G-Eazy affirms the traditions of hip-hop on “No Limit”

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Oakland, California native, G-Eazy, gave a lively performance on The Tonight Show With Jimmy Fallon last week. He was joined onstage by Cardi B. Together, they performed G-Eazy’s latest single, “No Limit.” The performance indicated how far hip-hop had come, while reminding audiences what constitutes the rudiments of the genre.

About G-Eazy

Some watching G-Eazy’s performance on Fallon’s show might have mistaken him for a newcomer with an unnaturally smooth stage presence. The problem with that assumption is that G-Eazy’s career has been in progress for almost a decade.

G-Eazy has been releasing albums since 2009, reportedly while he was still in college. He’s participated in Vans’ Warped Tour, and collaborated with a number of stars in the music industry, including Bebe Rexha, Britney Spears, A$AP Rocky and Cardi B.

Even though he might not be a household name with all demographics, G-Eazy has not been toiling in obscurity. His albums have placed respectably on Billboard 200 and on hip-hop/r&b charts.

It would seem that a performer who jumpstarted his career while still in college would be taking it easy years later. That doesn’t seem to be the case. On Late Night With Jimmy Fallon, G-Eazy was promoting his newest single, “No Limit.” There is talk of a new album, titled “The Beautiful and The Damned,” but no release date has been announced yet.

“No Limit”

Even though I consider myself a fan of different styles of music, I am on occasion struck by masterworks in genres in which I am not exceptionally well-versed. I know more than the basics of hip-hop, and can discuss at length the differences between rap (before 1993) and hip-hop (after 1993), but it is not in my wheelhouse. However, that doesn’t stop me from appreciating songs that seem to have gone right, and represented the genre in a way that feels authentic.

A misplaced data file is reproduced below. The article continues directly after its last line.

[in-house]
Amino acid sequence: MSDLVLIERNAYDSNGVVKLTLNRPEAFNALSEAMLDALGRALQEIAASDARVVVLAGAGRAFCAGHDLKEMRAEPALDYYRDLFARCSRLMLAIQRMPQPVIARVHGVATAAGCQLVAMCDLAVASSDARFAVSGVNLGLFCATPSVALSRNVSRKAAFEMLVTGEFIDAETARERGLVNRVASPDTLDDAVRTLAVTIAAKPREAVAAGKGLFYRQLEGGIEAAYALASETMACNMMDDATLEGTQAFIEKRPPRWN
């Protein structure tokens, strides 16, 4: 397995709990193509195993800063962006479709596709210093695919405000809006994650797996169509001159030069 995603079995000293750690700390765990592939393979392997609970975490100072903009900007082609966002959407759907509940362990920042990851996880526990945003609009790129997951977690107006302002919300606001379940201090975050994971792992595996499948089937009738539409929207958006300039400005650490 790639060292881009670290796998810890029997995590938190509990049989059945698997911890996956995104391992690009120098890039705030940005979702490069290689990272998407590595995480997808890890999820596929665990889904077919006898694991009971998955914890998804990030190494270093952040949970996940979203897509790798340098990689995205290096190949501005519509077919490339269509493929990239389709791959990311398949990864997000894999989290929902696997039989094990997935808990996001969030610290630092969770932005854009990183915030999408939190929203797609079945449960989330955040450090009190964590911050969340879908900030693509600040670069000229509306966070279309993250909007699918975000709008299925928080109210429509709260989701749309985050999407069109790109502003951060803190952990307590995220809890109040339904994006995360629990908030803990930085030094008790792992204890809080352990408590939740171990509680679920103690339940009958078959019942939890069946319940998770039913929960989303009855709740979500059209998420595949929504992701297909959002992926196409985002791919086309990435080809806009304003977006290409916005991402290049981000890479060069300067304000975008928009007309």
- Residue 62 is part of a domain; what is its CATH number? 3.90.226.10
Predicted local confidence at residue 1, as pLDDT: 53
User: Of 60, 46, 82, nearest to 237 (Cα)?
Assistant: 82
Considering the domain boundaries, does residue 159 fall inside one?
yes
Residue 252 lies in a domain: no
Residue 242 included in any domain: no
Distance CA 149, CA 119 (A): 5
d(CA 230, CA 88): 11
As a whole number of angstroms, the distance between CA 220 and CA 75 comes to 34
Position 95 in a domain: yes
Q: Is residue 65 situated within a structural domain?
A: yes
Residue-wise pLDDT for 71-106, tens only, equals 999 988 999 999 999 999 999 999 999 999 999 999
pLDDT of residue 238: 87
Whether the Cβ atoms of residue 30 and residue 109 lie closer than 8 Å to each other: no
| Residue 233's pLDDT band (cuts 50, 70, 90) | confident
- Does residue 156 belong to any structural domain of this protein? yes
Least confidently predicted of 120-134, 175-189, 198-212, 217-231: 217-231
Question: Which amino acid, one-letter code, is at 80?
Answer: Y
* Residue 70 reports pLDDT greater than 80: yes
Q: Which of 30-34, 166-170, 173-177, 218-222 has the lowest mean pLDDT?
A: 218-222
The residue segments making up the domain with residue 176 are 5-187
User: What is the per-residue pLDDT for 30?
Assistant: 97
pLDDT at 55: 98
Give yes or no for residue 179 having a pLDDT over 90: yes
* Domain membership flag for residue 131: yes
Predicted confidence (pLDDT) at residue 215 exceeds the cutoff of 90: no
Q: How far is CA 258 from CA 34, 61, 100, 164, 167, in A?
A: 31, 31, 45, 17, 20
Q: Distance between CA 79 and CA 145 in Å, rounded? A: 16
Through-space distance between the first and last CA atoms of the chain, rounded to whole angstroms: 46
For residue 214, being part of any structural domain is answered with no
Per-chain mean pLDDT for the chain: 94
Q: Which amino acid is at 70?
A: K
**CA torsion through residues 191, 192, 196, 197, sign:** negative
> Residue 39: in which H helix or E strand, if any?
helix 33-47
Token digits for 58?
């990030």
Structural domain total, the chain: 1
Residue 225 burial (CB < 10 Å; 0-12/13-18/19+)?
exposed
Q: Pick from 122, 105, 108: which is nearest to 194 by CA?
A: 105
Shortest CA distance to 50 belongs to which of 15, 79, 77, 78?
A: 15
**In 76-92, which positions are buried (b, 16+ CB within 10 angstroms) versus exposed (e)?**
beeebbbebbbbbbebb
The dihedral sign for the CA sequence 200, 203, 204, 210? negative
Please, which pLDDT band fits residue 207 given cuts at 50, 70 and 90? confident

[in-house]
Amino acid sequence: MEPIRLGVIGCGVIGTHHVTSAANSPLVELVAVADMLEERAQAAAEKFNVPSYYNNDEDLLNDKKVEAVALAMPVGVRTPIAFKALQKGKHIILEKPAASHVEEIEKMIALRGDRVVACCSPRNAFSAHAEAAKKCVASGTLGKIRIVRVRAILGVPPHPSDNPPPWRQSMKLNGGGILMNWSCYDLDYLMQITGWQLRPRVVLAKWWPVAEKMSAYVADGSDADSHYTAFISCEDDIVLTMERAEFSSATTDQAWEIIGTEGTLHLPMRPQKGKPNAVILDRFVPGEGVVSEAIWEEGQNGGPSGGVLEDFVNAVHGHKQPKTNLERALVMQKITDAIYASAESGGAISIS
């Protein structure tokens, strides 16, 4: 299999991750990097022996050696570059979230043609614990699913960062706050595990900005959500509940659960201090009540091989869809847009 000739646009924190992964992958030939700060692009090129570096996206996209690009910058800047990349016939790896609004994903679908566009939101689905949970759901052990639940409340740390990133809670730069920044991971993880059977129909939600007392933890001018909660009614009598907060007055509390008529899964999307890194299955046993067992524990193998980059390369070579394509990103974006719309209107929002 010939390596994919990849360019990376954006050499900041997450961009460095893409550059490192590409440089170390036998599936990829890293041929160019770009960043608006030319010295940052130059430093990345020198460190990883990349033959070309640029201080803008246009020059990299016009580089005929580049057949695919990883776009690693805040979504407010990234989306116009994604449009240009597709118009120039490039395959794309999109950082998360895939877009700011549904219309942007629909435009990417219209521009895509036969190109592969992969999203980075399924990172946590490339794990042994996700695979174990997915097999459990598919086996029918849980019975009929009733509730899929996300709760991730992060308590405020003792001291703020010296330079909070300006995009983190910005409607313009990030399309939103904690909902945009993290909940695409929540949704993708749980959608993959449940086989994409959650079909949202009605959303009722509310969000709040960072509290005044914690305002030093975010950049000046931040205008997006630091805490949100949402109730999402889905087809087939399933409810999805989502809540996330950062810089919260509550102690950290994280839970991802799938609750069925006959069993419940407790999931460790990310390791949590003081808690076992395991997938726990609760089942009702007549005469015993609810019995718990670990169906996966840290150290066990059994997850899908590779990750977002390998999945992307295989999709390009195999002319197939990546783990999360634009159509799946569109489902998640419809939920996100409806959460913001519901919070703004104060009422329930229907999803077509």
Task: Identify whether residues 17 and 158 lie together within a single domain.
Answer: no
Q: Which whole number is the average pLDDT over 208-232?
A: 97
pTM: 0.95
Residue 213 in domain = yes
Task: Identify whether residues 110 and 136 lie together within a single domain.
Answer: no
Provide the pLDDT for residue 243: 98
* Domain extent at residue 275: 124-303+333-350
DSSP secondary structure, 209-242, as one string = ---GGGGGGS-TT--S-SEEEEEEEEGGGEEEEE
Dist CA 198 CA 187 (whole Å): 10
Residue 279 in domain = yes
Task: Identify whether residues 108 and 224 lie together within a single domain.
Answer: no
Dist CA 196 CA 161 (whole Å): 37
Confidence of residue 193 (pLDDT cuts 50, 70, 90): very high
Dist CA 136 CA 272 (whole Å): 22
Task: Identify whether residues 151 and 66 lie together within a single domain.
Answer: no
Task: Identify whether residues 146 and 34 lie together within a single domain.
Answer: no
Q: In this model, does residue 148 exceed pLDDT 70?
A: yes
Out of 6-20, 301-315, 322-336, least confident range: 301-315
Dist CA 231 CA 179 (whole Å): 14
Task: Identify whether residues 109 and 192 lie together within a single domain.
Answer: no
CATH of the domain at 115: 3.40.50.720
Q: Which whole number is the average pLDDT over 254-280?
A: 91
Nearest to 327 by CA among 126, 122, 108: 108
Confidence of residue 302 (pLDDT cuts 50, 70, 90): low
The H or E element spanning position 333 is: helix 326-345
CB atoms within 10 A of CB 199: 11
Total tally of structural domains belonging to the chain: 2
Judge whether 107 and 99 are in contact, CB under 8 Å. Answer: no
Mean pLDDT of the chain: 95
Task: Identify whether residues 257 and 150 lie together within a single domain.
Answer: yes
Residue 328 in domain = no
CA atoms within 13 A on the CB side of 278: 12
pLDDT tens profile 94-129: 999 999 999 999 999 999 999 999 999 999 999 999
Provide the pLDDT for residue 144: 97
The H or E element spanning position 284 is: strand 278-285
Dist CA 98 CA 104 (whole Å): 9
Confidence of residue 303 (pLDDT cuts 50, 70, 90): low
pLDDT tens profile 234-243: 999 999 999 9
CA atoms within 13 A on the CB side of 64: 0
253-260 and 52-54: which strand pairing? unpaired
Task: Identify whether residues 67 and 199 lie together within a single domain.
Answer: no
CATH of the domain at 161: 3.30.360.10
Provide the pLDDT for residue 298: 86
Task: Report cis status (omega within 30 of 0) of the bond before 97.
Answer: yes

Needless to say, I was not prepared for G-Eazy’s collaboration with Cardi B. on Fallon’s stage. The performance was filmed in a black-and-white filter, making it appear like a video or documentary. When the lights came up at the end, I was shocked to learn that Cardi B’s coat was red and black.

But the performance itself was intriguing. One of basics of hip-hop that I appreciate most has to be the facility of language. That was one of the cool things about watching the Biggie Smalls documentary that featured home movies of rap battles–hearing how spoken language was used in an impromptu manner, and never a beat missed.

I got a similar feeling watching G-Eazy. His delivery was an up and down cadence that illustrated the laidback braggadocio in his lyrics. The phrases “pipe her,” “like her” and “wife her” were presented as if they were the most natural of rhymes.

His narrative of one-night stands went beyond the usual low-level (or not-so-low-level) misogyny that a casual hip-hop listener braces him or herself for. G-Eazy repeats multiple times that “it ain’t safe” for black girls or white girls, because apparently, he provides equal opportunity one-night stands. None of this will comfort detractors of hip-hop, but it does chart a somewhat new territory for white rappers.

One of the other trademarks I find in rap is the presence of menace. Menace doesn’t have to be violence, necessarily. It could be just rudeness. And there was plenty of that, especially when G-Eazy describes what happened when he told a girl to “kick rock.” And she acted like it was ” a boulder.” The figurative language wasn’t lost on me. It was actually, well, funny.

Inventive language is only part of the successful hip-hop equation. A catchy beat is paramount. G-Eazy had that, too. Of course on television, there was a live band, and according to some critics, the presence of the live drummer made the song better. But I have listened to “No Limit” via a streaming service, and the beat still works.

The instrumentation is a multi-faceted beat augmented by drumbeats and keyboards. “No Limit” is not only a performance opportunity for G-Eazy, but it is danceable at home or in the club.

Every now and then, a genre needs a fresh example to remind listeners and critics of what can happen within that genre. For now, “No Limit” is that example for hip-hop.

 

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Dodie Miller-Gould is a native of Fort Wayne, Indiana who lives in New York City where she studies creative nonfiction at Columbia University. She has BA and MA degrees in English from Indiana University-Purdue University, Fort Wayne, and an MFA in Fiction from Minnesota State University, Mankato. Her research interests include popular music and culture, 1920s jazz, and blues, confessional poetry, and the rhetoric of fiction. She has presented at numerous conferences in rhetoric and composition, and creative writing. Her creative works have appeared in Tenth Muse, Apostrophe, The Flying Island, Scavenger's Newsletter and elsewhere. She has won university-based awards for creative work and literary criticism.

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